Why was the Secretary of State less than frank with the House in his answer to my hon. Friend the Member for Beeston (Mr. Lester) in saying that he did not consider that he had been too slow in pushing the the coal scheme in Europe, when in a Financial Times interview only last week he said that he thought he had pushed the coal scheme too late and that it would have been better if coal had been part of the earlier package? We certainly endorse the right hon. Gentleman's rather franker earlier comments and not the comments he has now made to the house.

Mr. Benn

The hon. Gentleman misunderstood the position. I pressed the steam coal case 18 months ago, and the Council of Ministers would not agree to it. I felt it right not to hold back—[Interruption.] Of course I have read the article. I felt it right not to hold back on agreeing to the Euratom loans and the coking coal scheme, but the Council of Ministers has not been ready to endorse our policy. There is no power open to a British Minister to force it, although I would not mind a bit more help from the Conservative Party on our approach to Europe as well.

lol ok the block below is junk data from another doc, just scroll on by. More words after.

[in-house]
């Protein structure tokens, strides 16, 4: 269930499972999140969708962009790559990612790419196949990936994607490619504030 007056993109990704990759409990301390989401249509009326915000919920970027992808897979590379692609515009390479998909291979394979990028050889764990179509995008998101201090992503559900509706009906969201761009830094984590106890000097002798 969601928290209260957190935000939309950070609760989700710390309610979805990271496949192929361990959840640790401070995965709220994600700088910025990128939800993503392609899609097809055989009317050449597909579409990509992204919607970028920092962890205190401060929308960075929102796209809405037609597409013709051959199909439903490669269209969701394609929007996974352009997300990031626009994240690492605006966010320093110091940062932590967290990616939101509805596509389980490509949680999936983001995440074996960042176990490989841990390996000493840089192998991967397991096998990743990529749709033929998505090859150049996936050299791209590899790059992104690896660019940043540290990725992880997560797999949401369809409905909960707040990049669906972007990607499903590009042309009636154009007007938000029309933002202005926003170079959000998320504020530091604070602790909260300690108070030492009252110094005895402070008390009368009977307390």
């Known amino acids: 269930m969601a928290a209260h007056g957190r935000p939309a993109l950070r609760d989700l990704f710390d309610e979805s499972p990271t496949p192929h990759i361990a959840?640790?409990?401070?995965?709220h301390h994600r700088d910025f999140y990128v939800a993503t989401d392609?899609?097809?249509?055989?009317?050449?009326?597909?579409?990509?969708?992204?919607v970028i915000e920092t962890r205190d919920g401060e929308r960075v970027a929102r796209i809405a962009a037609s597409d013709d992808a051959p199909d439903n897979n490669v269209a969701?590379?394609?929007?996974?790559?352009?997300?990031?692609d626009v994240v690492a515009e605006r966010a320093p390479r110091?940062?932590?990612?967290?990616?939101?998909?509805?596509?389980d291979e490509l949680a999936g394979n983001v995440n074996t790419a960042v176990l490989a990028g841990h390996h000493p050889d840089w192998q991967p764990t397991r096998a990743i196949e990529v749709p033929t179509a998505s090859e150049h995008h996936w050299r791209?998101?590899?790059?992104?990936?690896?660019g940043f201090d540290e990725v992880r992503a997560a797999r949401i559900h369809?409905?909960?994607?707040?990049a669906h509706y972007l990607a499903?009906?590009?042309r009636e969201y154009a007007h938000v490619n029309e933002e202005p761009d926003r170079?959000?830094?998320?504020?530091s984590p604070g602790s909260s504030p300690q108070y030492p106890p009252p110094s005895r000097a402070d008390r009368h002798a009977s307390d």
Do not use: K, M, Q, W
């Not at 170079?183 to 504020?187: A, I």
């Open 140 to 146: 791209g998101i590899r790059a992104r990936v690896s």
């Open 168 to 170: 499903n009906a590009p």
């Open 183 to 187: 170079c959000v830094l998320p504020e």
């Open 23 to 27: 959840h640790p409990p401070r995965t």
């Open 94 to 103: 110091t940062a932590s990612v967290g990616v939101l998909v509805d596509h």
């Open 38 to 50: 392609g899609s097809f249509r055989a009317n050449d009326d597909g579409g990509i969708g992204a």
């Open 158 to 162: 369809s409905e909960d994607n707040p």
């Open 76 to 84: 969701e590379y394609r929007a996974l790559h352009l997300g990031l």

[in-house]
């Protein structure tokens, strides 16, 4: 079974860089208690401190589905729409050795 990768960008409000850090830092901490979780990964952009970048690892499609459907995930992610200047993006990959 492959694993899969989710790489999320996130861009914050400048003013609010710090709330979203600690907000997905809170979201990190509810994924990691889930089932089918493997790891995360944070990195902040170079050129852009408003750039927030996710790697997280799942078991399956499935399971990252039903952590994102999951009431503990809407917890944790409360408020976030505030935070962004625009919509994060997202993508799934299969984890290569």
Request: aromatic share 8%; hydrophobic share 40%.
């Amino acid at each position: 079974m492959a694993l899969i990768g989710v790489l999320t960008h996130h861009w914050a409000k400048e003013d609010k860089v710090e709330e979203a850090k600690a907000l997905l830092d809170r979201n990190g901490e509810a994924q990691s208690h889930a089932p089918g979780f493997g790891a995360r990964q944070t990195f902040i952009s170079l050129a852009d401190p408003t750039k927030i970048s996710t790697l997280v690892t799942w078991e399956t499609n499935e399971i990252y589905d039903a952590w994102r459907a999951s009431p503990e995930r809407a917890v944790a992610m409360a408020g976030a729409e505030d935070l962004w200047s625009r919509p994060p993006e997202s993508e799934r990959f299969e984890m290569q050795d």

Mr. MacFarquhar

When my right hon. Friend next meets the chairman of the CEGB, will he press on him the advantages for the boiler industry of building a new boiler to replace the one at No. 11 unit C station, at Drakelow power station in my constituency? Is he aware that the CEGB has announced that it is not prepared to repair it but that It is considering building a new one in its place?

Mr. Benn

The reference to the new boiler at No. 11 created a slight confusion in my mind. I cannot go into individual management decisions, nor is it my wish to do so. But I think that the case for refurbishing existing power stations at this time is well worth considering, because it would be of real help to the industry. The boiler-making industry and the power plant industry must be kept in being for the major orders we expect to follow. Therefore, to that extent, I hope that I may satisfy my hon. Friend's general desire.

Mr. Heffer

On a point of order, Mr. Speaker. Why did my right hon. Friend group Question 5 with Questions 9 and 16? Question 5 concerned the chairman of the NCB and the other Questions were about the chairman of the CEGB.

Mr. Speaker